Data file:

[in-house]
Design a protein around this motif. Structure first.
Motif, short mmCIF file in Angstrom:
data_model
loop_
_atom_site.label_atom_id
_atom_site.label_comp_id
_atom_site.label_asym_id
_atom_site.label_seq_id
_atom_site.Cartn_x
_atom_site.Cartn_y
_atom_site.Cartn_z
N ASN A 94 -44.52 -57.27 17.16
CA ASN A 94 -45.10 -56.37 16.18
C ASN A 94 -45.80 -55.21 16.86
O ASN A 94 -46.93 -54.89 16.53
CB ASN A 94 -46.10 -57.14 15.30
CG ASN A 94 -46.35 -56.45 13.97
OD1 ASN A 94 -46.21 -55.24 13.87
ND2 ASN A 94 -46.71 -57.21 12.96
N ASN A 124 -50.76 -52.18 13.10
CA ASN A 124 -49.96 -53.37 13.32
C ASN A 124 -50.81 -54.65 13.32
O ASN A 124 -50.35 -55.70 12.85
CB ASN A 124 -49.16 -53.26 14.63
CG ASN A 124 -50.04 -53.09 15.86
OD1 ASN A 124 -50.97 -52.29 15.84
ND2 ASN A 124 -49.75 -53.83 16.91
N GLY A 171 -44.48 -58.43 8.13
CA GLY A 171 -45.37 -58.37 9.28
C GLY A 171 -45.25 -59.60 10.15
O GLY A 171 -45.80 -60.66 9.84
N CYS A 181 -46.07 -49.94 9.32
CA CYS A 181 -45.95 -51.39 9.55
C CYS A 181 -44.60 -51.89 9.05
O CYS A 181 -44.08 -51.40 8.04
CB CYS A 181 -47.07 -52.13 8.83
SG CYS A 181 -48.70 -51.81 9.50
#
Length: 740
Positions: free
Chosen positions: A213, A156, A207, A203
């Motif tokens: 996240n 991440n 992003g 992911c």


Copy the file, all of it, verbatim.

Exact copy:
[in-house]
Design a protein around this motif. Structure first.
Motif, short mmCIF file in Angstrom:
data_model
loop_
_atom_site.label_atom_id
_atom_site.label_comp_id
_atom_site.label_asym_id
_atom_site.label_seq_id
_atom_site.Cartn_x
_atom_site.Cartn_y
_atom_site.Cartn_z
N ASN A 94 -44.52 -57.27 17.16
CA ASN A 94 -45.10 -56.37 16.18
C ASN A 94 -45.80 -55.21 16.86
O ASN A 94 -46.93 -54.89 16.53
CB ASN A 94 -46.10 -57.14 15.30
CG ASN A 94 -46.35 -56.45 13.97
OD1 ASN A 94 -46.21 -55.24 13.87
ND2 ASN A 94 -46.71 -57.21 12.96
N ASN A 124 -50.76 -52.18 13.10
CA ASN A 124 -49.96 -53.37 13.32
C ASN A 124 -50.81 -54.65 13.32
O ASN A 124 -50.35 -55.70 12.85
CB ASN A 124 -49.16 -53.26 14.63
CG ASN A 124 -50.04 -53.09 15.86
OD1 ASN A 124 -50.97 -52.29 15.84
ND2 ASN A 124 -49.75 -53.83 16.91
N GLY A 171 -44.48 -58.43 8.13
CA GLY A 171 -45.37 -58.37 9.28
C GLY A 171 -45.25 -59.60 10.15
O GLY A 171 -45.80 -60.66 9.84
N CYS A 181 -46.07 -49.94 9.32
CA CYS A 181 -45.95 -51.39 9.55
C CYS A 181 -44.60 -51.89 9.05
O CYS A 181 -44.08 -51.40 8.04
CB CYS A 181 -47.07 -52.13 8.83
SG CYS A 181 -48.70 -51.81 9.50
#
Length: 740
Positions: free
Chosen positions: A213, A156, A207, A203
């Motif tokens: 996240n 991440n 992003g 992911c």